Monday, January 14, 2013
Cold weather can cause problems with feet
For people with diabetes, the winter months are a time when more attention than usual should be given to the feet.
Diabetics are at risk for having reduced blood flow to the lower extremities, and the cold weather compounds this problem. The dry weather from being inside also makes the skin more susceptible to drying and cracking. Also, diabetics have decreased sensation to the lower extremities which makes for a decreased awareness of issues which may be of concern with their feet.
Fortunately, there are steps that diabetics can take during the winter to minimize foot problems.
Many people use heating pads and warming blankets. Because of the decreased sensation or neuropathy of diabetes, these devices can cause significant foot injuries and should be avoided. If they are used, the temperature of the devices should be checked with the elbow as the sensation is not decreased as it is in the fingers and toes.
Here are some cold weather tips that will help diabetics and just about anyone:
• Check winter shoes for proper fit to avoid tightness and resulting injuries.
• Wear clean, dry socks made of a natural fiber such as cotton to reduce irritation.
• Use moisturizing lotion on feet to increase comfort and help exfoliate rough skin and avoid skin cracking, which may result in ulceration.
• Pat your feet dry, don’t rub after bathing or showering.
• As with any time of year, diabetics need to exercise great caution when trimming nails to avoid trimming them too short. If you must clip, work on toes that have been soaked in warm water for a few minutes. Hard dry nails can split and lead to problems.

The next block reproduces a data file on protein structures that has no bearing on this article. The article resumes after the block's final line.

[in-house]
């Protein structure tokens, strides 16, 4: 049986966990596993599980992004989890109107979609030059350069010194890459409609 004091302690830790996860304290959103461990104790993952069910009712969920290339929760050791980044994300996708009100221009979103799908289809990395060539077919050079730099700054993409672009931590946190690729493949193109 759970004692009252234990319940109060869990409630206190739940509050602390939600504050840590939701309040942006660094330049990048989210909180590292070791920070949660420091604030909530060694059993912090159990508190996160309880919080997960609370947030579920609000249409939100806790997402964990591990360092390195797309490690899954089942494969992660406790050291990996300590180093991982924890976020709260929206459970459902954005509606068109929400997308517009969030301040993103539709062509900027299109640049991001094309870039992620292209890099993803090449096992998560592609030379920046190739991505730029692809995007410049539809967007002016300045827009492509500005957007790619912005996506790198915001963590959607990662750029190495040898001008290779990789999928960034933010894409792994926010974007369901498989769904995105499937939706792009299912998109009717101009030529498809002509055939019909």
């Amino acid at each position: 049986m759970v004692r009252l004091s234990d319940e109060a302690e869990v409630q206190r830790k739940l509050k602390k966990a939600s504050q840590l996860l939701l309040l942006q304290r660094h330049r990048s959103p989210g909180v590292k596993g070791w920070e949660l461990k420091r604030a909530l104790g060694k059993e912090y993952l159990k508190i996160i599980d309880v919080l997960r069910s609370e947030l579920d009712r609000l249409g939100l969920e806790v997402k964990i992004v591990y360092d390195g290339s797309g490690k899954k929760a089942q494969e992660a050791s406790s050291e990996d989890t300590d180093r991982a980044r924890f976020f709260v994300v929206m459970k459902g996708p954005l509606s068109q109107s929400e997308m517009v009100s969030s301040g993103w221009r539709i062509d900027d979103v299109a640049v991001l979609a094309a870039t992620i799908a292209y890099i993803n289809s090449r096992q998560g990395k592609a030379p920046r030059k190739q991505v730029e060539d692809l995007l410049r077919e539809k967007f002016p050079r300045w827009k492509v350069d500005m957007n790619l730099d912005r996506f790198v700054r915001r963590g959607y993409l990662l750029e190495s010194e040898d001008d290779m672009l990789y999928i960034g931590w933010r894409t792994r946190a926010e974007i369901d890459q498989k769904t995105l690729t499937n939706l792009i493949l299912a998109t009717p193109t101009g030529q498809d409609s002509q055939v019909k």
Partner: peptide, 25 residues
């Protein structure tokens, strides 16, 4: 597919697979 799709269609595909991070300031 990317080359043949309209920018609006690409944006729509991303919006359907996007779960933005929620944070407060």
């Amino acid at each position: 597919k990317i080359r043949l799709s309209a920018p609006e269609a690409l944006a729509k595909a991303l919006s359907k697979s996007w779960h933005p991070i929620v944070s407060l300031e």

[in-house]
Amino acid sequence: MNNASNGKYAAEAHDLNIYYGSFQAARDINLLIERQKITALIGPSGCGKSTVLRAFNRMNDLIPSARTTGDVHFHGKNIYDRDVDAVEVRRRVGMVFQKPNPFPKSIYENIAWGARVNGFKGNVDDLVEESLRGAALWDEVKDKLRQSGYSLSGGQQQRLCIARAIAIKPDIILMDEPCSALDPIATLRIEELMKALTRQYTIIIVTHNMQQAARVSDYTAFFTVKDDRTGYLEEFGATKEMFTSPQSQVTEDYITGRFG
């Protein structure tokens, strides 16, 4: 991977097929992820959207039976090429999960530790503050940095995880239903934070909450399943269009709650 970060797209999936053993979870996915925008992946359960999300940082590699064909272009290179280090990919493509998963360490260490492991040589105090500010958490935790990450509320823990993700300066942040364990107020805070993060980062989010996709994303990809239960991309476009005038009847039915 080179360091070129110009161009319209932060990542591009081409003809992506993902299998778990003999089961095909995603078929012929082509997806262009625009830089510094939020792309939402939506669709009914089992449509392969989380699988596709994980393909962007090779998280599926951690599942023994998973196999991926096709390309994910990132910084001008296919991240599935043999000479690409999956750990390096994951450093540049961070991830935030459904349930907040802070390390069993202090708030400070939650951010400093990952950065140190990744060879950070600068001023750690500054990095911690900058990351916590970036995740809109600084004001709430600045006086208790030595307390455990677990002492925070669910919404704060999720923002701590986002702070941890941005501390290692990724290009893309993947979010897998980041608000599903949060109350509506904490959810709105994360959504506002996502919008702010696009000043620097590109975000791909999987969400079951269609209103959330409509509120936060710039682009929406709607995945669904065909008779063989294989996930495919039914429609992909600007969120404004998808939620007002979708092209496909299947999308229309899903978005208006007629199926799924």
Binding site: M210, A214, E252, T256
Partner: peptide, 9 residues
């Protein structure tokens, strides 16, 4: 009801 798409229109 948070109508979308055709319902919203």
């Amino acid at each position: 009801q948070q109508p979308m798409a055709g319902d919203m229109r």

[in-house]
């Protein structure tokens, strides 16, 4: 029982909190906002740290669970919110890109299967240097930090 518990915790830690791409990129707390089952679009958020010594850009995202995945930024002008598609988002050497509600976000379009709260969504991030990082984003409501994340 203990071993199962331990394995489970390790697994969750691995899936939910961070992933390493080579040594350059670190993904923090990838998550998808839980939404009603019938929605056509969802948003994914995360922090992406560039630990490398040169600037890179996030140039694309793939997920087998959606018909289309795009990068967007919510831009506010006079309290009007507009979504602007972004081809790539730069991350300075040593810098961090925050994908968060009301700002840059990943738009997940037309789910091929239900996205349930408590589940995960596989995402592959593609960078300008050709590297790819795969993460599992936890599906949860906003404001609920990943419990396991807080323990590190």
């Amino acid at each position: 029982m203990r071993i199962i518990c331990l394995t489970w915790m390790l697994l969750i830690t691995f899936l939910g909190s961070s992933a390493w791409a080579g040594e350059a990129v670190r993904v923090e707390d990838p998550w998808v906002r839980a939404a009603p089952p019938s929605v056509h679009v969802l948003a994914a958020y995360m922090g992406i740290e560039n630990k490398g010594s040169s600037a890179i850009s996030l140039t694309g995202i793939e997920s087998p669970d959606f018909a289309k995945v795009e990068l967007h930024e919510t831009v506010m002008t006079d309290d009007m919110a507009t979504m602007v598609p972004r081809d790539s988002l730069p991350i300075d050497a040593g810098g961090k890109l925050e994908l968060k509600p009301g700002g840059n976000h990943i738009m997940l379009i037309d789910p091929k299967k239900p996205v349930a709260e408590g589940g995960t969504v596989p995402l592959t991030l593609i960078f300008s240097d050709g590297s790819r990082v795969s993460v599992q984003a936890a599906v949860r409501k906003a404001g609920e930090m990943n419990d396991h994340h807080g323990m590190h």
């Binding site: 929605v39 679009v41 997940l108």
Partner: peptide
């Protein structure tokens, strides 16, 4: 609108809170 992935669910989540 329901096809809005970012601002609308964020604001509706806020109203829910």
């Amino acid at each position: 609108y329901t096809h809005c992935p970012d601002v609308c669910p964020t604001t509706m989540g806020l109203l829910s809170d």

• Routine exercise can be difficult during the winter months, but it is important for diabetics because it will increase circulation. Lack of exercise and activity can cause havoc with blood glucose levels, and extra weight is not good on your feet. It is also important for diabetics to avoid going barefoot in the house and to obtain a good fitting pair of slippers.
• Diabetics should check their feet daily, especially after being outside and exposed to the cold, paying particular attention to any changes in color and shape, cuts, swelling and infected toenails. In the event that a sore develops that doesn't heal in a couple of days, or you have tingling in your feet that doesn't stop or have no feeling in your feet, call your doctor for an appointment. These things can be problems with diabetics and ignoring them can lead to greater problems.
Dr. Mark Tramontozzi is a member of the Medical Director of the Backus Health System Wound Care Center. To comment on this column or others, visit the Healthy Living blog at www.backushospital.org/backus-blogs or e-mail Dr. Tramontozzi or any of the Healthy Living columnists at firstname.lastname@example.org.